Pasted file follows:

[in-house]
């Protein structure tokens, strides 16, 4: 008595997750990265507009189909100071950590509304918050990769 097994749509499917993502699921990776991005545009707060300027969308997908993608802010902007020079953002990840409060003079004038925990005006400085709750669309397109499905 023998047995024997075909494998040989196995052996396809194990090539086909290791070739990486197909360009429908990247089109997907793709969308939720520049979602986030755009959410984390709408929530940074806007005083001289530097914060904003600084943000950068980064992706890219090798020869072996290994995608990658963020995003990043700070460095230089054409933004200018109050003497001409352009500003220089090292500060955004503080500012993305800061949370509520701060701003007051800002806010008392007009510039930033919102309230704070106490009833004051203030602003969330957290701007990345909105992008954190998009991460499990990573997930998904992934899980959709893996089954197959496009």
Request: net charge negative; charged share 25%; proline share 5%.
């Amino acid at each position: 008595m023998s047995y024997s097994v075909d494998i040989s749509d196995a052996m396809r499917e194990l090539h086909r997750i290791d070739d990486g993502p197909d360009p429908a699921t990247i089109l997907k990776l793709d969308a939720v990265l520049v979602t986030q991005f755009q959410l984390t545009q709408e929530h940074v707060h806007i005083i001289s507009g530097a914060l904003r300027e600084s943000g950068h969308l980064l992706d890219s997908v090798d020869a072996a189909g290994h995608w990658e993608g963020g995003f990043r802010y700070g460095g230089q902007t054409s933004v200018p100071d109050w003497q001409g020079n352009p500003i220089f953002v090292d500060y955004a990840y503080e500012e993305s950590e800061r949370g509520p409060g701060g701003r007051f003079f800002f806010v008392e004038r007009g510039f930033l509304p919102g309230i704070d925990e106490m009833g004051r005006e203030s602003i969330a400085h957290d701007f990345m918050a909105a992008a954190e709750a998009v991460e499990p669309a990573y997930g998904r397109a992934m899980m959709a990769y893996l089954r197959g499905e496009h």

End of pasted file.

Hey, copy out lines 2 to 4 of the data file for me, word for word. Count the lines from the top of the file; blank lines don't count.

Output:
């Protein structure tokens, strides 16, 4: 008595997750990265507009189909100071950590509304918050990769 097994749509499917993502699921990776991005545009707060300027969308997908993608802010902007020079953002990840409060003079004038925990005006400085709750669309397109499905 023998047995024997075909494998040989196995052996396809194990090539086909290791070739990486197909360009429908990247089109997907793709969308939720520049979602986030755009959410984390709408929530940074806007005083001289530097914060904003600084943000950068980064992706890219090798020869072996290994995608990658963020995003990043700070460095230089054409933004200018109050003497001409352009500003220089090292500060955004503080500012993305800061949370509520701060701003007051800002806010008392007009510039930033919102309230704070106490009833004051203030602003969330957290701007990345909105992008954190998009991460499990990573997930998904992934899980959709893996089954197959496009």
Request: net charge negative; charged share 25%; proline share 5%.
């Amino acid at each position: 008595m023998s047995y024997s097994v075909d494998i040989s749509d196995a052996m396809r499917e194990l090539h086909r997750i290791d070739d990486g993502p197909d360009p429908a699921t990247i089109l997907k990776l793709d969308a939720v990265l520049v979602t986030q991005f755009q959410l984390t545009q709408e929530h940074v707060h806007i005083i001289s507009g530097a914060l904003r300027e600084s943000g950068h969308l980064l992706d890219s997908v090798d020869a072996a189909g290994h995608w990658e993608g963020g995003f990043r802010y700070g460095g230089q902007t054409s933004v200018p100071d109050w003497q001409g020079n352009p500003i220089f953002v090292d500060y955004a990840y503080e500012e993305s950590e800061r949370g509520p409060g701060g701003r007051f003079f800002f806010v008392e004038r007009g510039f930033l509304p919102g309230i704070d925990e106490m009833g004051r005006e203030s602003i969330a400085h957290d701007f990345m918050a909105a992008a954190e709750a998009v991460e499990p669309a990573y997930g998904r397109a992934m899980m959709a990769y893996l089954r197959g499905e496009h």